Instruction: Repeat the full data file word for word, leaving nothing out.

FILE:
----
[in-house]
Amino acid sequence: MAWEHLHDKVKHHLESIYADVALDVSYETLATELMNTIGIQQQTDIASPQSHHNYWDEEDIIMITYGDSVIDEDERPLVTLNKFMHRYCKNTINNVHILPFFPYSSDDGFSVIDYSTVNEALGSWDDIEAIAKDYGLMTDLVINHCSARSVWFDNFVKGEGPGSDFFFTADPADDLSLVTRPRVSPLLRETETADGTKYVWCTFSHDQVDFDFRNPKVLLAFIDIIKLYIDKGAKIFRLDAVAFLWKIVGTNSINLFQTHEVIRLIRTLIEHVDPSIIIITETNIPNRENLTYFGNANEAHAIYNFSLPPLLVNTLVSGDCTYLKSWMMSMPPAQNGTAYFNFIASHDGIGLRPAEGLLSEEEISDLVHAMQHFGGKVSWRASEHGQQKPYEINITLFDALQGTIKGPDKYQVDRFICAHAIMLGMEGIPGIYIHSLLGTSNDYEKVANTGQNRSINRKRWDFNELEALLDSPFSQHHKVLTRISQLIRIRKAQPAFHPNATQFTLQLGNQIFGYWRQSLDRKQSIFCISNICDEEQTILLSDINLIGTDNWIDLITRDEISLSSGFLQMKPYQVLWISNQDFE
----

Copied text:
[in-house]
Amino acid sequence: MAWEHLHDKVKHHLESIYADVALDVSYETLATELMNTIGIQQQTDIASPQSHHNYWDEEDIIMITYGDSVIDEDERPLVTLNKFMHRYCKNTINNVHILPFFPYSSDDGFSVIDYSTVNEALGSWDDIEAIAKDYGLMTDLVINHCSARSVWFDNFVKGEGPGSDFFFTADPADDLSLVTRPRVSPLLRETETADGTKYVWCTFSHDQVDFDFRNPKVLLAFIDIIKLYIDKGAKIFRLDAVAFLWKIVGTNSINLFQTHEVIRLIRTLIEHVDPSIIIITETNIPNRENLTYFGNANEAHAIYNFSLPPLLVNTLVSGDCTYLKSWMMSMPPAQNGTAYFNFIASHDGIGLRPAEGLLSEEEISDLVHAMQHFGGKVSWRASEHGQQKPYEINITLFDALQGTIKGPDKYQVDRFICAHAIMLGMEGIPGIYIHSLLGTSNDYEKVANTGQNRSINRKRWDFNELEALLDSPFSQHHKVLTRISQLIRIRKAQPAFHPNATQFTLQLGNQIFGYWRQSLDRKQSIFCISNICDEEQTILLSDINLIGTDNWIDLITRDEISLSSGFLQMKPYQVLWISNQDFE